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Building up of absence epilepsy: a progressive process that takes place during brain maturation

on the October 26, 2017

The three steps composing epileptogenesis

Caroussel_17.10.31_Depaulis_epileptogenese_EN.jpg

Idiopathic Generalized Epilepsies represent one-third of all epilepsies. These epilepsies, most often diagnosed during childhood, are not associated with clear-cut inciting events or detectable structural brain abnormalities. Their early onset suggests that epileptogenic processes take place during brain development and maturation. The precise characterization of these processes is of crucial importance to better define an appropriate therapeutic window and specific treatments.

Absence epilepsy, which generally first occurs in children aged 5-7, is considered as a prototypic form of epilepsy that develops during brain maturation and provides a unique pathophysiological model to study idiopathic epileptogenesis in general and the processes that lead to the generation of spike-wave complex. Absence Epilepsy is an epileptic syndrome characterized by the recurrence of generalized non-convulsive seizures associated with a transient alteration of consciousness with a loss of responsiveness to environmental stimuli concomitant with a cessation of activity. While the ictogenesis process (i.e. epileptic discharge occurrence) has been extensively studied, little is known about the mechanisms leading to the occurrence of recurrent epileptic discharges (i.e. epileptogenesis).

The team “Synchronization and modulation of neural networks in epilepsy” investigated how epileptic discharges emerged and evolved during the postnatal period in a recognized model of absence epilepsy, the GAERS rat. They showed that cortical discharges start from the third post-natal week and follow a three steps maturation process during which their pattern, frequency and duration progressively evolve to reach a relative stability at adulthood. This epileptic discharge maturation is associated with an abnormal alteration of the intrinsic properties of deep layer pyramidal neurons of the somatosensory cortex, notably a progressive increase in the strength of the local synaptic activity associated with a growing propensity of somatosensory cortical neurons to generate synchronized oscillations.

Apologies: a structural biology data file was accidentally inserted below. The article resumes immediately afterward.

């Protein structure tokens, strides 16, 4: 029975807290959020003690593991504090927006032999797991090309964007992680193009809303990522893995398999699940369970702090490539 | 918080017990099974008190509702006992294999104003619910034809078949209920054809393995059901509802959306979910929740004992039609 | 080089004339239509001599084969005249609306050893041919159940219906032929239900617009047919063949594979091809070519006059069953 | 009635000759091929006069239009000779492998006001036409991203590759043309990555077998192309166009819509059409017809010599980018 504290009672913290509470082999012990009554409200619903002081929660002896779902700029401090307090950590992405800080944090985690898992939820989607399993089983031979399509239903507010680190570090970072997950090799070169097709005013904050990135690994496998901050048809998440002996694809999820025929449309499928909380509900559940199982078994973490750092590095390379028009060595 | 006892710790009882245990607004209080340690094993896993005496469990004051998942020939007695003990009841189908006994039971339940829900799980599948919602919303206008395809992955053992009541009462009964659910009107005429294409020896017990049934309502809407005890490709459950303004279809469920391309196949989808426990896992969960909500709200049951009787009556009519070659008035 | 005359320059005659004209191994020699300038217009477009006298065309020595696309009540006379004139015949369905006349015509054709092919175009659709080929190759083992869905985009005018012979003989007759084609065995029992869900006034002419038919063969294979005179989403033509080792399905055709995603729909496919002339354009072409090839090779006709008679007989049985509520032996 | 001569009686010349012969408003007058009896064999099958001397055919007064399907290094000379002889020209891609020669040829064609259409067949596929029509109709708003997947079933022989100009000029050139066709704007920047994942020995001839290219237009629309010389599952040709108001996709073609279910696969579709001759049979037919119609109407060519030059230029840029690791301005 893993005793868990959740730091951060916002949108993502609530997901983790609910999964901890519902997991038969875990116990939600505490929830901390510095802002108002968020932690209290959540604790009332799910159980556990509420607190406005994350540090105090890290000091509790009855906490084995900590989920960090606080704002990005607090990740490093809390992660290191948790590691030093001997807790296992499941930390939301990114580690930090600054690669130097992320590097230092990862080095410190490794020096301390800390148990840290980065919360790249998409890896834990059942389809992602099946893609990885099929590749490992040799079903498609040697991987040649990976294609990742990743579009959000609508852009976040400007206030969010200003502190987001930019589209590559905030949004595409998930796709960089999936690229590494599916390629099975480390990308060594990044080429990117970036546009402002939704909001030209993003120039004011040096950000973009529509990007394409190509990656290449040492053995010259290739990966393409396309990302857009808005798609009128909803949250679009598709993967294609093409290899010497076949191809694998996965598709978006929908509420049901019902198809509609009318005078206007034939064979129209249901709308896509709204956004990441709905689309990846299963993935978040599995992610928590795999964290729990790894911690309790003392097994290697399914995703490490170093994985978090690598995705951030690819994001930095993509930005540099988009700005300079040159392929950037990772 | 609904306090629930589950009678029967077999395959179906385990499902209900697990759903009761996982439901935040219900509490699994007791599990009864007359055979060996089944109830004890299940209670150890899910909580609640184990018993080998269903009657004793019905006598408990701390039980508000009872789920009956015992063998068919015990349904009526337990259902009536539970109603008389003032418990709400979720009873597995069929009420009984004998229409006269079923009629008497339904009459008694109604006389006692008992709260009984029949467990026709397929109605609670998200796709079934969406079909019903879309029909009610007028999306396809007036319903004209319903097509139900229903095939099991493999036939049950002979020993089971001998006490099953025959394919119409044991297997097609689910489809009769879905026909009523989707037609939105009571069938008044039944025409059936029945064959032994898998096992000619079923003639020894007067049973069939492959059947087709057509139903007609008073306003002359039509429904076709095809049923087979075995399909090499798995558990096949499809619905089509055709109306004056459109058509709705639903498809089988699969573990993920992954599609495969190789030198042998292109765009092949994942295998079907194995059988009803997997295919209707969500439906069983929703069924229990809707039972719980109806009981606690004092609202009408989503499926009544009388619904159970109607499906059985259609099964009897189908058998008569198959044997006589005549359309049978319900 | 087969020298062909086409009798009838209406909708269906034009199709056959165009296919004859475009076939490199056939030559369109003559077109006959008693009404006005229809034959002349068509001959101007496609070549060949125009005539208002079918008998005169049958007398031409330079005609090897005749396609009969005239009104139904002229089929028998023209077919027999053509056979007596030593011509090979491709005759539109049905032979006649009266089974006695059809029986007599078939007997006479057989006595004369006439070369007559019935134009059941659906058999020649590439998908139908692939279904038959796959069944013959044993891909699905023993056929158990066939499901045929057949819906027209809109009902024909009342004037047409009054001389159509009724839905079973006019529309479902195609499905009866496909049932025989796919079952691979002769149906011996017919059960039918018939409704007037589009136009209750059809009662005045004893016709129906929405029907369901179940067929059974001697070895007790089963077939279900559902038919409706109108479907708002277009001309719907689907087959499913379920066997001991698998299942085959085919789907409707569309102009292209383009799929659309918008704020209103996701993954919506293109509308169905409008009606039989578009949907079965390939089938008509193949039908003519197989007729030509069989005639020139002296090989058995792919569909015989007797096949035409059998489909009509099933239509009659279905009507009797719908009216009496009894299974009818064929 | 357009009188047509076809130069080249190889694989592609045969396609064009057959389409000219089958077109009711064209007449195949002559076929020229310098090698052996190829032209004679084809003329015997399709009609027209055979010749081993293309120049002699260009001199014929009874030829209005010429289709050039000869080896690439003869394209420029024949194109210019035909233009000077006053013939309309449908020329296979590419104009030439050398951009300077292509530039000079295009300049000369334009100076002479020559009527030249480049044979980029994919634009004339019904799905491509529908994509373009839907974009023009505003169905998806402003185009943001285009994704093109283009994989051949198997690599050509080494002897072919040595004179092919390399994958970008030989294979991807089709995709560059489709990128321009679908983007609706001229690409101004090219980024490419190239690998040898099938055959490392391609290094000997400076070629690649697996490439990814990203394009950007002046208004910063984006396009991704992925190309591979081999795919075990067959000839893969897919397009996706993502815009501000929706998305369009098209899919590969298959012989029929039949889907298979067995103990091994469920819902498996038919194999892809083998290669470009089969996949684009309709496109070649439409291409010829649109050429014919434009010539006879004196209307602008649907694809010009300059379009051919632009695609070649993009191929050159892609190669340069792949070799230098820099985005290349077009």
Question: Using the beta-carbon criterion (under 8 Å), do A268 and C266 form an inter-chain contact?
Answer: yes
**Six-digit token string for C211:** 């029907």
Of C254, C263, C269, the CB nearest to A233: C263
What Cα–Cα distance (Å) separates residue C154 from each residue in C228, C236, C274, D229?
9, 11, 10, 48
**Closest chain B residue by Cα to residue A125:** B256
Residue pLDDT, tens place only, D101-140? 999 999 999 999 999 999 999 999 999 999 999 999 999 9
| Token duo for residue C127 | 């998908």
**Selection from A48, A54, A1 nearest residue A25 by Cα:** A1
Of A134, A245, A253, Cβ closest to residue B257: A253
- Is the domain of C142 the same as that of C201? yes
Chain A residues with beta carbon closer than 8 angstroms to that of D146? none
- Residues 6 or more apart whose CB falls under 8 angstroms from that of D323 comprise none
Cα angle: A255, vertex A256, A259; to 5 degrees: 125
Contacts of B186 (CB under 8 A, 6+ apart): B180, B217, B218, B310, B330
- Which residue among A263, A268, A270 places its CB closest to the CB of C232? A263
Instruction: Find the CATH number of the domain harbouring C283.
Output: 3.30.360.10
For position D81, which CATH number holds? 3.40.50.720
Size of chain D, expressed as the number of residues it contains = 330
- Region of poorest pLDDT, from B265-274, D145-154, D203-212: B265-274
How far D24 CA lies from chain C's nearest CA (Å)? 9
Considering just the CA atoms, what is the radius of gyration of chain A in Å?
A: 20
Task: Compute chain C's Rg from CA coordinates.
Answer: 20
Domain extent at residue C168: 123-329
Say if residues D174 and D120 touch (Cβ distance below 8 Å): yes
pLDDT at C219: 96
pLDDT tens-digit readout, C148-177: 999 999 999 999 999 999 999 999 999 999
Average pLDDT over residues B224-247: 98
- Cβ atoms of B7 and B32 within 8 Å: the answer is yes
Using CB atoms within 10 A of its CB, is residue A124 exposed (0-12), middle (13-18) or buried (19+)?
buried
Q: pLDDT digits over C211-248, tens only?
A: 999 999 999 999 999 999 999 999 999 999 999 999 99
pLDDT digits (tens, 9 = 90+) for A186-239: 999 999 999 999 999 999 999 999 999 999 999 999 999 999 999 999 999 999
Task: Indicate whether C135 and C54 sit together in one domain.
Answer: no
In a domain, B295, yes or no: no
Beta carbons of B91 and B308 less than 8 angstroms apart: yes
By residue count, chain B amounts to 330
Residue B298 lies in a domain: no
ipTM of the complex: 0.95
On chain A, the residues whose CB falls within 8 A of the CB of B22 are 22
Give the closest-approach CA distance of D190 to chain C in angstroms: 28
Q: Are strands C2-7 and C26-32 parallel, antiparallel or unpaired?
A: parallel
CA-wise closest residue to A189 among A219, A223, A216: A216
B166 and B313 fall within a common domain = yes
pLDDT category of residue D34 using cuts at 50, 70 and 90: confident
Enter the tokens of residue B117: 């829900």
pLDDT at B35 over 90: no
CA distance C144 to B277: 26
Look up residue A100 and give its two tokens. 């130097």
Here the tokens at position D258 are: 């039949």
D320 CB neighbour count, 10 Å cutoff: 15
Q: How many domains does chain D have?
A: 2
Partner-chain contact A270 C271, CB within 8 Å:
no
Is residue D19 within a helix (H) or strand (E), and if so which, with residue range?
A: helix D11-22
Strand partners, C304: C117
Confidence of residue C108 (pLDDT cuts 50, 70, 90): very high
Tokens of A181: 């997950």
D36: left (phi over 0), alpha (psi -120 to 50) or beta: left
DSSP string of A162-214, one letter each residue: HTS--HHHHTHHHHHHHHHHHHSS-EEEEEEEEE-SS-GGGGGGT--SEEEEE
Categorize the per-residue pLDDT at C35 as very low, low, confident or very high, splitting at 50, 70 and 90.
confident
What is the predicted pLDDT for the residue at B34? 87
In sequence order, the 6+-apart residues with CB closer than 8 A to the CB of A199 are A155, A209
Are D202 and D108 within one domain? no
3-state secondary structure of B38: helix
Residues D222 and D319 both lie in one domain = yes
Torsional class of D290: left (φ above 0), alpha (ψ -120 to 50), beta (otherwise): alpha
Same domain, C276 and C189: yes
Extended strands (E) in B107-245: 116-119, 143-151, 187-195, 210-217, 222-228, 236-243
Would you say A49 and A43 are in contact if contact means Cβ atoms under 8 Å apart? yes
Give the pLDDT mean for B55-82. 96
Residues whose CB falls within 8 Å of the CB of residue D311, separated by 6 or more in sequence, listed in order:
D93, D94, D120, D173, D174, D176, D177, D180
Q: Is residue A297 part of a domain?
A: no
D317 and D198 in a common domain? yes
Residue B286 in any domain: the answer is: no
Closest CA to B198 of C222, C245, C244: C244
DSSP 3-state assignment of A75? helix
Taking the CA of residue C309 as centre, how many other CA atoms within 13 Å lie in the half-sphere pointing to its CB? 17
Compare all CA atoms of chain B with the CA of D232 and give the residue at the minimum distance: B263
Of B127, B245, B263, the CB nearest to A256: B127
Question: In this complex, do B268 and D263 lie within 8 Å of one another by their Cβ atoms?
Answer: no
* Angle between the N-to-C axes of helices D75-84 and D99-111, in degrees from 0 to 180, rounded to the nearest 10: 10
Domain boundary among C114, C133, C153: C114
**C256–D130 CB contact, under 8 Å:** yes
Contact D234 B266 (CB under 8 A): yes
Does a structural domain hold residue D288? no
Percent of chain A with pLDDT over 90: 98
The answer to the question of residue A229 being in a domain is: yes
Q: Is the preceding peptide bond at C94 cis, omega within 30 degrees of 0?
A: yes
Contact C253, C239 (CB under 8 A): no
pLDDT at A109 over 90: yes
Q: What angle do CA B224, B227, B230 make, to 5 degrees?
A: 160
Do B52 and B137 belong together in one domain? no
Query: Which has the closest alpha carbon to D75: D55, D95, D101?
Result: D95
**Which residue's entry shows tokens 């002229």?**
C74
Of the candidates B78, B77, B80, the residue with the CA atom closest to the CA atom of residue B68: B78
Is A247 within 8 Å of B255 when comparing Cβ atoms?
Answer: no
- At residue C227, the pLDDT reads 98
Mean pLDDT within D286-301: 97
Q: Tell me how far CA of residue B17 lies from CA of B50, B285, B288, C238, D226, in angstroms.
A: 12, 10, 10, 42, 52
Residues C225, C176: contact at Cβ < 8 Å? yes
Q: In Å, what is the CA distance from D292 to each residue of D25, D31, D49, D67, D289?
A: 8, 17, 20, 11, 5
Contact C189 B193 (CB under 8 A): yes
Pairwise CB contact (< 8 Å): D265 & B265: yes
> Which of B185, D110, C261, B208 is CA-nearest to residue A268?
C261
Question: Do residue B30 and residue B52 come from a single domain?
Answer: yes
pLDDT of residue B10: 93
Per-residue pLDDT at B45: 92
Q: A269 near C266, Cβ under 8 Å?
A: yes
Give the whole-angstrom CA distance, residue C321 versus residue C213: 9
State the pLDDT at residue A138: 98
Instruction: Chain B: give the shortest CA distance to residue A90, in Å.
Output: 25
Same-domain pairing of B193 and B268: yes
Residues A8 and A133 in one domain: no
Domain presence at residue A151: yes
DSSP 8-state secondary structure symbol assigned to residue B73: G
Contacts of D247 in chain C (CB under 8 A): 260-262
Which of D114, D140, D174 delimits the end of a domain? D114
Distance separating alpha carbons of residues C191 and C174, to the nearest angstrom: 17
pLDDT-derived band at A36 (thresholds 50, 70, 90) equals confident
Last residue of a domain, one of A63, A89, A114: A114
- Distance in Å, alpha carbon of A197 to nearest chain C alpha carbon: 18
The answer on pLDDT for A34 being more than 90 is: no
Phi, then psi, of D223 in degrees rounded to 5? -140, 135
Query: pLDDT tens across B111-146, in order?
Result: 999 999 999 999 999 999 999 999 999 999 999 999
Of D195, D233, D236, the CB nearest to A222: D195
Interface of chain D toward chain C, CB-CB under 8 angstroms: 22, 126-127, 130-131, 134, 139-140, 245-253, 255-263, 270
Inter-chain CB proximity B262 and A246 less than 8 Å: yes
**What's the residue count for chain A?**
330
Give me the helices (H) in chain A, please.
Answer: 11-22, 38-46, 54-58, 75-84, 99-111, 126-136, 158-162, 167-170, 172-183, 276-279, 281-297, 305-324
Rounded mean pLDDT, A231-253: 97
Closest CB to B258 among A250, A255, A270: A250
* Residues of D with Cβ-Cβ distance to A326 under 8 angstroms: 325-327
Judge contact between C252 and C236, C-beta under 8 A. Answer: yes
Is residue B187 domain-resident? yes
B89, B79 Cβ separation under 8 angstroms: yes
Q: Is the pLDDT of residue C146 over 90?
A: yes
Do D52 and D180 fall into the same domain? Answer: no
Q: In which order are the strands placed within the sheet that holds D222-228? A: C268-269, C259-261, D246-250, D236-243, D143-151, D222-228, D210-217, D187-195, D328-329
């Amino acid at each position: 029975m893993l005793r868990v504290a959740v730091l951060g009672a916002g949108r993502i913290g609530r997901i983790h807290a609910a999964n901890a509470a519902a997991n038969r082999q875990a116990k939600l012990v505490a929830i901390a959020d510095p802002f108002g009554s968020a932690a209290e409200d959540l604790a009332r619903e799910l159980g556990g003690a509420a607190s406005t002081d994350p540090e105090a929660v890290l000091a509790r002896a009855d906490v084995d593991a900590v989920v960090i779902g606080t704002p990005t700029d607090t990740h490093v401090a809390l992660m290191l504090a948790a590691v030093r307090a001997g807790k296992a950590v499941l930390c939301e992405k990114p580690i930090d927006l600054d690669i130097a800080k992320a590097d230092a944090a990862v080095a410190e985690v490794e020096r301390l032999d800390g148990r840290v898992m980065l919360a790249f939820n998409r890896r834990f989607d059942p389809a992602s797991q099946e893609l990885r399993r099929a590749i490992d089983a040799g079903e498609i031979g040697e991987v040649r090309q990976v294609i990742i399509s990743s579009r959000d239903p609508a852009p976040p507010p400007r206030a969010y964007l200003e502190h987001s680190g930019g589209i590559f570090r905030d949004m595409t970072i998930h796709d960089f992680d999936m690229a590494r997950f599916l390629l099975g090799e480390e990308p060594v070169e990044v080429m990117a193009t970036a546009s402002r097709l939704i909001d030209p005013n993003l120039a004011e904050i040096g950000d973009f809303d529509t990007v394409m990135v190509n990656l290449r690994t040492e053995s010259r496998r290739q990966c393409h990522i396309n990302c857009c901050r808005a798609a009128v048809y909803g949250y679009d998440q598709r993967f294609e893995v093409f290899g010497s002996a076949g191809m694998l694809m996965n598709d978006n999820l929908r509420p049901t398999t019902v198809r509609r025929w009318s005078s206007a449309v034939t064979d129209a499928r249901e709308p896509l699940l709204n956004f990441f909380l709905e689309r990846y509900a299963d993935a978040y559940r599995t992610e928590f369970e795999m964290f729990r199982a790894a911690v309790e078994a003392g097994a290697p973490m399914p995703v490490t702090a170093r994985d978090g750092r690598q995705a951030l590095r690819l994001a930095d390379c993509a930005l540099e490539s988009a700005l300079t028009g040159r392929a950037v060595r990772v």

To conclude, this study evidences the progressive nature of absence epileptogenesis with the acquisition over time of abnormal properties in cortical networks and neurons, leading to the seizure expression. Given the early onset of epileptic discharges in genetic epilepsies, drugs specifically targeting the changes occurring during cortical networks development should be able to prevent, reverse or interrupt the epileptogenic processes.


 

Three steps maturation process of absence seizures during brain development showed by EEG recordings and the corresponding time-frequency plots.


Reference: 
Guillaume Jarre,  Tristan Altwegg-Boussac,  Mark S. Williams,  Florian Studer, Mathilde Chipaux,  Olivier David,  Stéphane Charpier,  Antoine Depaulis,  Séverine Mahon, Isabelle Guillemain (2017). Building Up Absence Seizures in the Somatosensory Cortex: From Network to Cellular Epileptogenic Processes, Cerebral Cortex, Volume 27, Issue 9, Pages 4607–4623. 

 


Updated on October 31, 2017

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